U.S. Supreme Court Signals Rejection of State Climate-Emissions Lawsuits

The U.S. Supreme Court signaled skepticism about a lawsuit by six states seeking to force five companies including American Electric Power Co. to cut their emissions of the gases that contribute to climate change.

Hearing arguments today in Washington, justices across the ideological spectrum said the Environmental Protection Agency was better equipped than a federal court to sort through the costs and benefits of reducing carbon emissions.

“Congress set up the EPA to promulgate standards for emissions,” Justice Ruth Bader Ginsburg told the lawyer representing the six suing states. “The relief you’re seeking seems to me to set up a district judge, who does not have the resources, the expertise, as a kind of super EPA.”

The Obama administration joined the power industry in urging rejection of the suit, along with a related one being pressed by three land trusts. The other defendants include Xcel Energy Inc. (XEL), Duke Energy Corp. (DUK) and Southern Co. (SO), and the government-owned Tennessee Valley Authority.

A ruling against the states would be a boost to companies beyond the power industry. Trade groups representing automakers, oil companies, farmers, mining companies, chemical companies and manufacturers all are urging the court to dismiss the suits, in some cases saying their members might face similar claims.

EPA Rules

The states, whose ranks include New York and California, sued in 2004, invoking both state and federal law. The Supreme Court case focuses on the federal law claim.

The states say the EPA still hasn’t taken action to reduce carbon emissions from the plants that are the subject of the suit. The EPA began regulating greenhouse gases from vehicles and industrial polluters in January. So far its rules affect only new and modified plants, not the existing ones targeted by the states.

“There is no federal statute or regulation that currently regulates the emission of greenhouse gases by existing unmodified power plants,” said Barbara Underwood, New York’s solicitor general.

She said the suit “rests on the longstanding, fundamental authority of the states to protect their land, their natural resources and their citizens from air pollution emitted in other states.”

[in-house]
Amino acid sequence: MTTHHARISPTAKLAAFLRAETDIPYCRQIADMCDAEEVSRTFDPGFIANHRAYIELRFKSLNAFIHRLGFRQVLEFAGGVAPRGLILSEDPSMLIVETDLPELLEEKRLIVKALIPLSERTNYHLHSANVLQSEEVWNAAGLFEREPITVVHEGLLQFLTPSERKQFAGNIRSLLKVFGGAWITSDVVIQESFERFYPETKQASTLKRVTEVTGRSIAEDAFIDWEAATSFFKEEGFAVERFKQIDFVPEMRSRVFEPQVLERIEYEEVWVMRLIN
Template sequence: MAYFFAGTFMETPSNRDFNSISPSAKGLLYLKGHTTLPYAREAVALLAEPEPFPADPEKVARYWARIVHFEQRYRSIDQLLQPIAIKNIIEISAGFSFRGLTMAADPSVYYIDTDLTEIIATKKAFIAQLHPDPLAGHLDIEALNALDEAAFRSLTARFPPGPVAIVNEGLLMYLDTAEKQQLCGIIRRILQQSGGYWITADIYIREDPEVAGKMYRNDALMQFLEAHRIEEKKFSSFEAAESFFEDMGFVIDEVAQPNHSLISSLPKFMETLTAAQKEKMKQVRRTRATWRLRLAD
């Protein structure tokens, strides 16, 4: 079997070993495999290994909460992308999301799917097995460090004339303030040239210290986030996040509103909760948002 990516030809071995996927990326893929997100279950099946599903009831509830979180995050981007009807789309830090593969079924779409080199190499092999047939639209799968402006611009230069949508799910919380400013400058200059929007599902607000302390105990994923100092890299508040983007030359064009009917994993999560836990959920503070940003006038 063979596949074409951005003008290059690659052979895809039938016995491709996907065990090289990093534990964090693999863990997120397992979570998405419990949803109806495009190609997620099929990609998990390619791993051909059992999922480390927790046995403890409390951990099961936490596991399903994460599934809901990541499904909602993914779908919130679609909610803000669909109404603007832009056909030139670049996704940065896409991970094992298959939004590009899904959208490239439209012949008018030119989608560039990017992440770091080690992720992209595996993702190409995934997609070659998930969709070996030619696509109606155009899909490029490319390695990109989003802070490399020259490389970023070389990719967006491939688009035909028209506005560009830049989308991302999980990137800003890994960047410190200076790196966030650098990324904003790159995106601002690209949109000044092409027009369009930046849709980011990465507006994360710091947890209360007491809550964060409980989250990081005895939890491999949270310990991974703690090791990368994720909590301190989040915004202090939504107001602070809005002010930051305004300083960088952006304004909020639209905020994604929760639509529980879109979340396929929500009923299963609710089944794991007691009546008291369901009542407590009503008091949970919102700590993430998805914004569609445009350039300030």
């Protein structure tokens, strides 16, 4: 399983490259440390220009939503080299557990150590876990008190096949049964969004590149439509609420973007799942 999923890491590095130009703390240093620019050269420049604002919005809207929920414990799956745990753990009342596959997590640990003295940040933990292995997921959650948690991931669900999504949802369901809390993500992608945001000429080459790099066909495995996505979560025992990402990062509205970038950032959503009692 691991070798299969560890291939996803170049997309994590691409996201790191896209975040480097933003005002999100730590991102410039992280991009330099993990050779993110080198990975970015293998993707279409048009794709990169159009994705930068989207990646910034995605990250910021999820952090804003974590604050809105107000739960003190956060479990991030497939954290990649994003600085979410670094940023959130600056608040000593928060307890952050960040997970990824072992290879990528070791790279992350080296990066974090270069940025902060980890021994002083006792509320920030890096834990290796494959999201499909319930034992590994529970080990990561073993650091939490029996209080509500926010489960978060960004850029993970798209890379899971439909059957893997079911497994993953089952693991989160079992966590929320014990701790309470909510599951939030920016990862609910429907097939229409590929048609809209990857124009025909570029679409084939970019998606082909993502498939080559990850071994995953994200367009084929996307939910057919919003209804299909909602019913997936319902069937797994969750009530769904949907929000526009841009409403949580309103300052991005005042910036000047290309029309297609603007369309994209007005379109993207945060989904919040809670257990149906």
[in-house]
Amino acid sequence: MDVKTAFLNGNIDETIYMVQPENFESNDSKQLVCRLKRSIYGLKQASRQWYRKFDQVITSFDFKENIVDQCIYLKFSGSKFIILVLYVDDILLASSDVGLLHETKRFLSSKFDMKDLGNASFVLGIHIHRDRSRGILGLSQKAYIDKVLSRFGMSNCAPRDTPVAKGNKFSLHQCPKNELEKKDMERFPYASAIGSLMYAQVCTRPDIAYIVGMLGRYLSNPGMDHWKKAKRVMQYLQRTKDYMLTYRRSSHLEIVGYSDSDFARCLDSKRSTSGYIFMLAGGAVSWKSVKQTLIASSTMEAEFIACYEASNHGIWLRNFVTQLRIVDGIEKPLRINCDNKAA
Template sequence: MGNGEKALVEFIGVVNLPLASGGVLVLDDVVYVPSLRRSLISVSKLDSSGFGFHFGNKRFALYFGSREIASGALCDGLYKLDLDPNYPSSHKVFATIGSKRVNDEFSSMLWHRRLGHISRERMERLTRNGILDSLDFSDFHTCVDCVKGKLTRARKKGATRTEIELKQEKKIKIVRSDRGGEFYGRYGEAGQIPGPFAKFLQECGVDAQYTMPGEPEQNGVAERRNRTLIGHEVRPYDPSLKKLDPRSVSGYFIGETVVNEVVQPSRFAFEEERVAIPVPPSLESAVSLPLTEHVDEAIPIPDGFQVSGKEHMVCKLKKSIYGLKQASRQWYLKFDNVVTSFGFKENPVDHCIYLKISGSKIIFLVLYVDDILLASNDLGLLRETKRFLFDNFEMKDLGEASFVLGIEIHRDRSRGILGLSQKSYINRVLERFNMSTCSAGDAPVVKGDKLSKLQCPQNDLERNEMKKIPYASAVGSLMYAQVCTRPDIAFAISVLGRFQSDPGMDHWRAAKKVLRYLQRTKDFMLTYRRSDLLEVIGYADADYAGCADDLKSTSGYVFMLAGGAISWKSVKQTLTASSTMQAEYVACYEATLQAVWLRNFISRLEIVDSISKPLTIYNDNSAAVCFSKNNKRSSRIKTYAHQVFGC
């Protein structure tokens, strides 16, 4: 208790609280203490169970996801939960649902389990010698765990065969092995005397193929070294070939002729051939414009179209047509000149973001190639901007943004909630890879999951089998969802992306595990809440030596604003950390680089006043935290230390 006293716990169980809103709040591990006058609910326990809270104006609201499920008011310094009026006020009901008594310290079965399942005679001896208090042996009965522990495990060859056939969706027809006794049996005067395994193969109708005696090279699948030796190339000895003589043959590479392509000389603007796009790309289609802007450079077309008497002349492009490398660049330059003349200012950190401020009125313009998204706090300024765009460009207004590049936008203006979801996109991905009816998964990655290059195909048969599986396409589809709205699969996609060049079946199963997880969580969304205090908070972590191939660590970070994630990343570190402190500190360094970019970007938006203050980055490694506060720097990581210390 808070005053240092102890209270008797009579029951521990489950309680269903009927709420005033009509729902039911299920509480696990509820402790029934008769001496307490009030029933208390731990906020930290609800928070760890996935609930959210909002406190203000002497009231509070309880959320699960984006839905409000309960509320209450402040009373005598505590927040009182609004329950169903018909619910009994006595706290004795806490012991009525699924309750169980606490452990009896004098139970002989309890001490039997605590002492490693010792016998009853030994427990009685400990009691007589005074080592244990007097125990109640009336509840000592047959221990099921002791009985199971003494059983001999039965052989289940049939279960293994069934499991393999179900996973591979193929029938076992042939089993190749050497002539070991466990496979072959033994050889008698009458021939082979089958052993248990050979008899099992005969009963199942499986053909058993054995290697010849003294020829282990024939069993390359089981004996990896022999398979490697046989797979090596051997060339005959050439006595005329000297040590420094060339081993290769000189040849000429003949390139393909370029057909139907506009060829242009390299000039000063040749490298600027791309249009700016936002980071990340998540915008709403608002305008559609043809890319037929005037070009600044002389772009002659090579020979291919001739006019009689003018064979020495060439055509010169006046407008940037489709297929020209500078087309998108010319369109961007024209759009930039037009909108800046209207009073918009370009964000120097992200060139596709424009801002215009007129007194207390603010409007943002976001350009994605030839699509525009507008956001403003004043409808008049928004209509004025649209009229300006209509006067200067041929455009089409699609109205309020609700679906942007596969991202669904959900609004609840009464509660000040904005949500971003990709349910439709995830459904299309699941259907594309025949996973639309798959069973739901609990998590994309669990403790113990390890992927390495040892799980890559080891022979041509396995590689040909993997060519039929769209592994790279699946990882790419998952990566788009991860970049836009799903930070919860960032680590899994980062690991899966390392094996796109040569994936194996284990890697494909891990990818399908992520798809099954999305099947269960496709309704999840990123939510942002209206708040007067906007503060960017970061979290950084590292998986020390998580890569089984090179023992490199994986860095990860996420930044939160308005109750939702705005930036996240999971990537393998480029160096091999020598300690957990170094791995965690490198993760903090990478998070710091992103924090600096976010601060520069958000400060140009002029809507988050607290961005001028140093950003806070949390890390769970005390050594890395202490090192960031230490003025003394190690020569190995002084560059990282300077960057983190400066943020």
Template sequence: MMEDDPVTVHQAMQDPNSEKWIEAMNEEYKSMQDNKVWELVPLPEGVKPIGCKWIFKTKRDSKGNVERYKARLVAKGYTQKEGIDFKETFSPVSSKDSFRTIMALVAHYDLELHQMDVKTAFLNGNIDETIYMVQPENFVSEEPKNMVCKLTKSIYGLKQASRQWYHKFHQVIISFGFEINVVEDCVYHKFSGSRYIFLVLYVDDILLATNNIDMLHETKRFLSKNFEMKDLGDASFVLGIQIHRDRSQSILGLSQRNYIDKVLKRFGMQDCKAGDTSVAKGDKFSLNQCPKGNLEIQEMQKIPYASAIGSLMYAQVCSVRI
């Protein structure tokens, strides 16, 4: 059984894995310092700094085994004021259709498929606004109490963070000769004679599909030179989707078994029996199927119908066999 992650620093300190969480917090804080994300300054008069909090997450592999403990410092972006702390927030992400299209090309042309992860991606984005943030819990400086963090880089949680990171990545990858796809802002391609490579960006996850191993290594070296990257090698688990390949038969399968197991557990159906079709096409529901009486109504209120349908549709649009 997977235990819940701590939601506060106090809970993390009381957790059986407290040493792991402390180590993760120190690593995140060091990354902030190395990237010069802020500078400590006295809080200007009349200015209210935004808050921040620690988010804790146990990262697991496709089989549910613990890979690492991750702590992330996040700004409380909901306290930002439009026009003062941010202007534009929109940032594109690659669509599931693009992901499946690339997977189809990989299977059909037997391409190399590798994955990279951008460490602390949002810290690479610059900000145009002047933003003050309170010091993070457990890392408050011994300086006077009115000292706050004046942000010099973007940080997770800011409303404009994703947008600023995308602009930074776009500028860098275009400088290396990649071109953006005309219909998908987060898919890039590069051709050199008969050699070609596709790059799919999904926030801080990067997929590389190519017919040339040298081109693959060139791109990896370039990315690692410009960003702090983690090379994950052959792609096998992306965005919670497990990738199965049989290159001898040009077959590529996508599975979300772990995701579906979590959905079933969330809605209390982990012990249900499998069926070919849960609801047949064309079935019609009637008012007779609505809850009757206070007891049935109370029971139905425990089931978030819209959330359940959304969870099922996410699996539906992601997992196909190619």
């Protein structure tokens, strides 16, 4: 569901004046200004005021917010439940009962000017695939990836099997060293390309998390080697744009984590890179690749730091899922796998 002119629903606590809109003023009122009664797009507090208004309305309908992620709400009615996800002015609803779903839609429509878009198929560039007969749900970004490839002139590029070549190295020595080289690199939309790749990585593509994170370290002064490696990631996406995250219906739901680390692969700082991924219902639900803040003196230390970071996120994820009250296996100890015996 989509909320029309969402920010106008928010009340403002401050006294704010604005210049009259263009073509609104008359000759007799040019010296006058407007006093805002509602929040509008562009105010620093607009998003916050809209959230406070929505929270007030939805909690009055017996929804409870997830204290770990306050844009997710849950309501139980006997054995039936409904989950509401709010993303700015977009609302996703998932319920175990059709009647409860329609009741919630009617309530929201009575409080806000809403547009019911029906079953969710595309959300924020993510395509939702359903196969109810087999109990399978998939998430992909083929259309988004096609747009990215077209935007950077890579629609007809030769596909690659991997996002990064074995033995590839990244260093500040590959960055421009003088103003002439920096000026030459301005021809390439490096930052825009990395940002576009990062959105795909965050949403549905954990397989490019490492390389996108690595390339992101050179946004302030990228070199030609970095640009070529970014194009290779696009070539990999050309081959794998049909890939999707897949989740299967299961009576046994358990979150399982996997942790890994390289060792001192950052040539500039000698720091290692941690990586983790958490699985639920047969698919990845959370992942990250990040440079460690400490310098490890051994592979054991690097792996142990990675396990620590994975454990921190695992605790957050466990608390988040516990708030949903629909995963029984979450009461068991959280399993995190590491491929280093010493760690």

Without Sotomayor

None of the eight justices hearing the case -- Justice Sonia Sotomayor isn’t taking part -- today gave any indication they agreed with her.

Ginsburg said the EPA could reasonably address climate change “incrementally.” Justice Elena Kagan said regulating emissions “sounds like the paradigmatic thing that administrative agencies do rather than courts.”

Several justices joined Ginsburg in questioning whether a trial judge would have the expertise to fashion an order addressing climate change.

“You have to determine how much you want to readjust the world economy to address global warming, and I think that’s a pretty big burden to impose on a district judge,” Chief Justice John Roberts said.

The Obama administration and the companies urged the court to reject the suit on a potentially broader ground that the states and land trusts lack the legal right, or standing, to sue. Acting U.S. Solicitor General Neal Katyal said the states can’t show enough of a connection between their interests and the actions of the five defendants.

Potential Victims

“There are billions of emitters of greenhouse gases on the planet and billions of potential victims as well,” Katyal said.

The companies’ lawyer, Peter Keisler, said the courts “are being asked to perform a legislative and regulatory function.”

Justice Antonin Scalia pointed to other possible contributors to global warming -- including cows, mobile telephones and people -- and asked Underwood whether they too would be subject to climate-change suits.

“Suppose you lump together all the cows in the country,” he said. “Would that allow you to sue all those farmers?”

When Underwood responded that courts often consider claims involving multiple polluters, Scalia then asked whether people could be sued for emitting carbon dioxide when they breathe.

The case marks the Supreme Court’s second foray into the debate over climate change. In a 2007 case decided 5-4, the court ordered the EPA to consider regulating greenhouse-gas emissions.

Public Nuisance

The states and land trusts contend that carbon emissions are a “public nuisance,” a legal theory more typically used in cases of localized pollution. In letting the suits proceed, a federal appeals court in New York overturned a judge who concluded the dispute belonged in the political arena, not the courts.

Should the Supreme Court side with the power companies, states and environmental advocates will press ahead with claims under state law, said David Doniger, a lawyer at the Natural Resources Defense Council, which is representing the three land trusts. He said global warming is “eating away at the coastal property” and “destroying our snow packs.”

The suits are part of a multifaceted battle over climate change. Opponents -- including businesses, Republicans and some Democrats -- say the EPA’s new carbon emission limits will destroy jobs and increase electricity bills without any environmental benefit.

The case is American Electric Power v. Connecticut, 10-174.

To contact the reporters on this story: Greg Stohr in Washington at gstohr@bloomberg.net; William McQuillen in Washington at bmcquillen@bloomberg.net.

To contact the editor responsible for this story: Mark Silva at msilva34@bloomberg.net.

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